When first we practise to deceive

Here we are again – in the run up to the General Election. Manifestos are out, politicians are quizzed: it’s a good opportunity to think about truth in the public forum. No doubt there are few direct lies, if only because a discovered lie carries a heavy price. But, short of that, it would seem that distortions of truth are the order of the day.

My theory is that politicians do genuinely fool themselves that getting themselves into a position of power, or continuing there, is always for the common good. And it is this which justifies their economy with the truth. I have just been reading Broken Vows, which is a biography of Tony Blair in power, written by Tom Bower. This presents me with a picture of a whole government, including the civil service, which is a stranger to the truth. Fighting for position, doing down your enemies, making sure that your views are accepted no matter what. It is a cauldron of deceit. You can only serve the people by dishonesty – from the subtle to the flagrant. And I write this on a day when I have just heard that epitome of virtue, Theresa May, claim that her ‘end of life’ social care plan remains the same notwithstanding the collapse of a major element. I am thankful that when many years ago I toyed with entering politics I decided that I was unlikely ever to be able in conscience to subscribe to a complete manifesto.

But, while politics by nature tend towards the distortion of truth in the thrust for power, it may be useful to consider the standards of honesty which we impose on ourselves. I am not thinking only about direct lies, I have in mind a variety of ways in which we might deceive others. Telling a truth which we know will be misunderstood is one example. Failing to say some thing which should be said is another. Presenting selective information to get our own way, is not confined to advertisements – it is to be found in family conversation. We might go deeper down and think about lies which we take to be good manners. Have you ever told a cook how much you have enjoyed a meal when it fact you disliked it? Kindness intended, no doubt, but a lie nevertheless. I recommend an exercise in which we take a single day and note how often we diverge from the complete truth, even if we distinguish between the important and the trivial.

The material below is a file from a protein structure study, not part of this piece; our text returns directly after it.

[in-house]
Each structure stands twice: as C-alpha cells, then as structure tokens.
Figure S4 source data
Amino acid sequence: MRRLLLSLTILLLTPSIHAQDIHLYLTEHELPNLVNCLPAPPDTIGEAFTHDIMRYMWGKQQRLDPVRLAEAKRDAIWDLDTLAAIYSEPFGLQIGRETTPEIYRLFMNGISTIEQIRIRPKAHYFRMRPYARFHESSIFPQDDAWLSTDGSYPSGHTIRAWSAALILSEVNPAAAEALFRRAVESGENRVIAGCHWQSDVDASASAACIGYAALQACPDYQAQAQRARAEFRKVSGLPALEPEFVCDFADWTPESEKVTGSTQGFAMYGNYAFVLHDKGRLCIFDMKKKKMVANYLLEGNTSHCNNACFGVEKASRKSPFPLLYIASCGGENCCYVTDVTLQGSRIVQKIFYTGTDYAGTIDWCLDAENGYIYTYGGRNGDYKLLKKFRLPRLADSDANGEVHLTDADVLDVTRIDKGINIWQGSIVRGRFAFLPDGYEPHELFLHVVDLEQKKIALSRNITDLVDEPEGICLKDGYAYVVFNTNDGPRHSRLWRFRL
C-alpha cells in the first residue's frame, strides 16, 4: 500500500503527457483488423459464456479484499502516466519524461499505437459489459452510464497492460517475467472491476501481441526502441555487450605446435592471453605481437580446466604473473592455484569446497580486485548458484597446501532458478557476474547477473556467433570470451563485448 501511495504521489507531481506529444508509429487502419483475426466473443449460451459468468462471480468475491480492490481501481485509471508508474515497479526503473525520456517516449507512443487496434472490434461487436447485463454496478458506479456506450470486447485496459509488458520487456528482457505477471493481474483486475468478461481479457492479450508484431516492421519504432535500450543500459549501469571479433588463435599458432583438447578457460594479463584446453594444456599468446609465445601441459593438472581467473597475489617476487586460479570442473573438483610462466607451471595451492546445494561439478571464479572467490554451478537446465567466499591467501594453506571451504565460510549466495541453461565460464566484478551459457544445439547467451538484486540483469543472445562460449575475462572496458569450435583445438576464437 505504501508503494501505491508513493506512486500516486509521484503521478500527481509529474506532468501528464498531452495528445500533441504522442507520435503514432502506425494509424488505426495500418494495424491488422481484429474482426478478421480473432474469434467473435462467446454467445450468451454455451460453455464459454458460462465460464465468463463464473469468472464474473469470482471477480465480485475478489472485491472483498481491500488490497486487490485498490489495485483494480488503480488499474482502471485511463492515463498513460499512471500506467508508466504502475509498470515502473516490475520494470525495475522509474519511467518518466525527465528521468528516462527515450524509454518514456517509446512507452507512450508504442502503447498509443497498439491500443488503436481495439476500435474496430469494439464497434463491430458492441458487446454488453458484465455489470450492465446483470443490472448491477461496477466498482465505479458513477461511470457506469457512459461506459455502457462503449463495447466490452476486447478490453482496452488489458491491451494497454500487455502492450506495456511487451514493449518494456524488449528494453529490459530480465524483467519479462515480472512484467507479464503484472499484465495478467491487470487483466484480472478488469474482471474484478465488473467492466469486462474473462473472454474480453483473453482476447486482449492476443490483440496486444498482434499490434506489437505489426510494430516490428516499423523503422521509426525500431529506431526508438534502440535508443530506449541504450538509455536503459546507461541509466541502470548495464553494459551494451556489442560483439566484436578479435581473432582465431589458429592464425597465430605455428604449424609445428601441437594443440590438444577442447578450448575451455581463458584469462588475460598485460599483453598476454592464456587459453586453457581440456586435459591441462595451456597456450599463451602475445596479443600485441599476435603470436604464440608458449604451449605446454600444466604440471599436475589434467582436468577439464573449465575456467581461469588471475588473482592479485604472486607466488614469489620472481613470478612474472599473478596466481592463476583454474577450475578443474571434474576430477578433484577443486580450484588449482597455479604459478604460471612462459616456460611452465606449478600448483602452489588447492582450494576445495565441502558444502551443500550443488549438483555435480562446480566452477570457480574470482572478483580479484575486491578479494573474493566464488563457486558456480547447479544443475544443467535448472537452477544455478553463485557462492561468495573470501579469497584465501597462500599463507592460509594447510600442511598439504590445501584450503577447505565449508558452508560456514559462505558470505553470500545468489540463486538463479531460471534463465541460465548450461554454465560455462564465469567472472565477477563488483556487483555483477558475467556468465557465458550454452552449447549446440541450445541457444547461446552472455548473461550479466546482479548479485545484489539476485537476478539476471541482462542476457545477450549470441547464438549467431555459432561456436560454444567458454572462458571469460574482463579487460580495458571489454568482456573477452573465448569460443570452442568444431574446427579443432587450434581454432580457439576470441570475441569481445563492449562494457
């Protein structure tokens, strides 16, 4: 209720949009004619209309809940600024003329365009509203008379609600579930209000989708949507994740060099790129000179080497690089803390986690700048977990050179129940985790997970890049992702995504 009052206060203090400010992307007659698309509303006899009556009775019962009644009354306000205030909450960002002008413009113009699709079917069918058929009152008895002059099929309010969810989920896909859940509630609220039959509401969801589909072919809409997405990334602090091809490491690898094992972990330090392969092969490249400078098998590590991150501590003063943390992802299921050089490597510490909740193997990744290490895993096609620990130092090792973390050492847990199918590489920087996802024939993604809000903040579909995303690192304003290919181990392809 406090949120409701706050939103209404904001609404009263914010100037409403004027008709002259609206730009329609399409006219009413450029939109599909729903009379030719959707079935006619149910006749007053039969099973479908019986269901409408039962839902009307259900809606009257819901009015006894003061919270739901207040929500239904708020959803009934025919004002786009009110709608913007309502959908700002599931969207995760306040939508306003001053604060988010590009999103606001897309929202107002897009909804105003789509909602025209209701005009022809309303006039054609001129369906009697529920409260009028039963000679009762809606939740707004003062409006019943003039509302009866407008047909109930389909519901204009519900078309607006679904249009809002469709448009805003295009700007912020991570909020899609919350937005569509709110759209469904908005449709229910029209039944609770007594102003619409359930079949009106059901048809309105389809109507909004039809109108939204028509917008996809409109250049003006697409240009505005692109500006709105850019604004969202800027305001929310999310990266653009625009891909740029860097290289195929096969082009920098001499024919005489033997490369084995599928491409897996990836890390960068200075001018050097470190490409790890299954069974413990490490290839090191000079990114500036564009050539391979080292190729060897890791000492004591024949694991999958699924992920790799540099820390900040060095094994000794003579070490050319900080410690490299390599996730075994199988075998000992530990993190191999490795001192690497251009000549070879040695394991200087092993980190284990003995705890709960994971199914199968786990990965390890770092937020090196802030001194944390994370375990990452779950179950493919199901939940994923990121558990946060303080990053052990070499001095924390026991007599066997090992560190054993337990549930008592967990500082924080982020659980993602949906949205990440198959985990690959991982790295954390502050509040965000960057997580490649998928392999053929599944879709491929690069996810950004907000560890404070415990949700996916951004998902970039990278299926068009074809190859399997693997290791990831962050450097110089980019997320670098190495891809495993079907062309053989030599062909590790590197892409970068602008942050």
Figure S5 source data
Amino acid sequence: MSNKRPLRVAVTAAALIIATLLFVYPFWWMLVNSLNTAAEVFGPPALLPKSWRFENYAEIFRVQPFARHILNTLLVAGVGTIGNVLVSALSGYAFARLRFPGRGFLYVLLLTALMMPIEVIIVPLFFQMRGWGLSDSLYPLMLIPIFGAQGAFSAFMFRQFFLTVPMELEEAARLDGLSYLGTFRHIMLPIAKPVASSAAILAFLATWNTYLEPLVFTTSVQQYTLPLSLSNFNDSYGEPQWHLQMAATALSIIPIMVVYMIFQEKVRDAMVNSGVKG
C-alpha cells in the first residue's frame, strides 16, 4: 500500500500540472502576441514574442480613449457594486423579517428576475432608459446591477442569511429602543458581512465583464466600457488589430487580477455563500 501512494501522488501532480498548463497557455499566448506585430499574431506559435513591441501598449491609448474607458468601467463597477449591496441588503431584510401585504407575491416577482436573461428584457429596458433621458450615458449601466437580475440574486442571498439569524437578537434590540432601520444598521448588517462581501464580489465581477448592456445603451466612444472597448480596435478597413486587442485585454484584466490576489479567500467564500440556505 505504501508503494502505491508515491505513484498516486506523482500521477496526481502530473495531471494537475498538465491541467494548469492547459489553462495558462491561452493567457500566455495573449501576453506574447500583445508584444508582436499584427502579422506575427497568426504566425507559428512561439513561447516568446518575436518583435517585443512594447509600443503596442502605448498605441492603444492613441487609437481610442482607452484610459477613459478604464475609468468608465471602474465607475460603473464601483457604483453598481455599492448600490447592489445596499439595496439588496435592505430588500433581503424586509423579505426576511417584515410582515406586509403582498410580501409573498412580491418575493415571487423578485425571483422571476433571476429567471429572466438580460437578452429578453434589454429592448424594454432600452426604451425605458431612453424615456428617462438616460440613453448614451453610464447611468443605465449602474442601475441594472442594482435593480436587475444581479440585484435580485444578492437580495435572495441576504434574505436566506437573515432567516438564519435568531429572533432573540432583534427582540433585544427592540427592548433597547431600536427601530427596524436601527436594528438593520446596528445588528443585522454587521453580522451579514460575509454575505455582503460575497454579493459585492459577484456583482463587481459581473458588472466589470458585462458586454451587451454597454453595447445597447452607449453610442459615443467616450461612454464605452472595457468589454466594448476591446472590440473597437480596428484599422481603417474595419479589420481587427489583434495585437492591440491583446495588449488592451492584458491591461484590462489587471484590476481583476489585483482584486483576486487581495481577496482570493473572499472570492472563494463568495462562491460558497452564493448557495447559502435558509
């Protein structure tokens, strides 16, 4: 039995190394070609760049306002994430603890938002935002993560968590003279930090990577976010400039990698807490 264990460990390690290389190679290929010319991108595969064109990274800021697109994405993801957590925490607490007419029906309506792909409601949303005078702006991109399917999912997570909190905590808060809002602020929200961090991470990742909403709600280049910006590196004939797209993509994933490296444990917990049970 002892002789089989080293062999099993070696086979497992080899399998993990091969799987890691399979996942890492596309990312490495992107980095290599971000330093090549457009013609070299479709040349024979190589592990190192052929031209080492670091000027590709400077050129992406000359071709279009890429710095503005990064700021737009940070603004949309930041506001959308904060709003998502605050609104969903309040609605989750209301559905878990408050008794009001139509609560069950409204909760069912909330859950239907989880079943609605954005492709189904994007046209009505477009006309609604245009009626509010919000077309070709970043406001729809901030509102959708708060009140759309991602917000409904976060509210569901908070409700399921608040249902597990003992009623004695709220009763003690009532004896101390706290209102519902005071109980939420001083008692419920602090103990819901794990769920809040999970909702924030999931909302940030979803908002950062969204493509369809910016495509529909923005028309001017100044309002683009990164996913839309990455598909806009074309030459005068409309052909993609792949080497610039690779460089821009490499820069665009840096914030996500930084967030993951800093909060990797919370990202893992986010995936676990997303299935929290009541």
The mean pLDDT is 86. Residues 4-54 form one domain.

The fundamental principle is that we have been created, as rational social animals, to communicate with each other. And ‘communicate’ means ‘to come together’. Divergence from the truth, or omission from a truth which is owed to another, is an offence against communication. It does not bring us together, it pushes us further apart. We might see ourselves as honest persons. But in fact honesty is not a stable characteristic, it is one we have to work at continuously as we step up the long ladder which leads to God.

Advertisements

About Quentin

Science Editor, Catholic Herald. Portrait © Jacqueline Alma
This entry was posted in Moral judgment, Quentin queries, Synod and tagged , , . Bookmark the permalink.

7 Responses to When first we practise to deceive

  1. Barrie Machin says:

    This is perhaps one of Quentin’s most poignant blogs (brave almost !) that none of us can ignore. We have all had experience of soul searching following a lie that we try soften it to ourselves by calling it just a white lie.
    Politicians have been accused of lies, damned lies and statistics but I seriously hope that the unpleasant scenario Quentin paints is restricted to a minority of politicians but even the worst offenders find that even for them truth will out – and not to their credit.

  2. Hock says:

    I think I write the truth that we have covered this topic many times before on this blog.
    Inevitably the question arises from a blogger as to what we would respond if living in Nazi Germany or one of the countries they conquered and we were quizzed as to whether we were hiding a Jewish refugee. Would we answer in the positive if we were hiding a Jew when we knew it meant certain death for that person and perhaps our own family too; or would we tell a lie and deny it?
    It is the old moral dilemma that we have debated times numerous.
    Leave it to conscience is the only reliable yardstick.

  3. G.D. says:

    This sentence in the post is, for me, the crux of the matter ….
    “Divergence from the truth, or omission from a truth which is owed to another, is an offence against communication. It does not bring us together, it pushes us further apart.”

    Much (most?) of our shared ‘communion’ (most obviously voiced communication, but also other ways) is uninformed by truth; we don’t ‘know truth’ and are walking ‘lies’.
    That’s not intended as a moral value judgement, just a statement of our ignorant state of being.
    And it’s the reason we are such a lying disparaging lot; disunited and at odds with each other, even when we agree to differ.

    That’s the importance, of course, of an ‘informed conscience’. To bring us to ‘know truth’ and enable us to act justly with it in communion with others etc.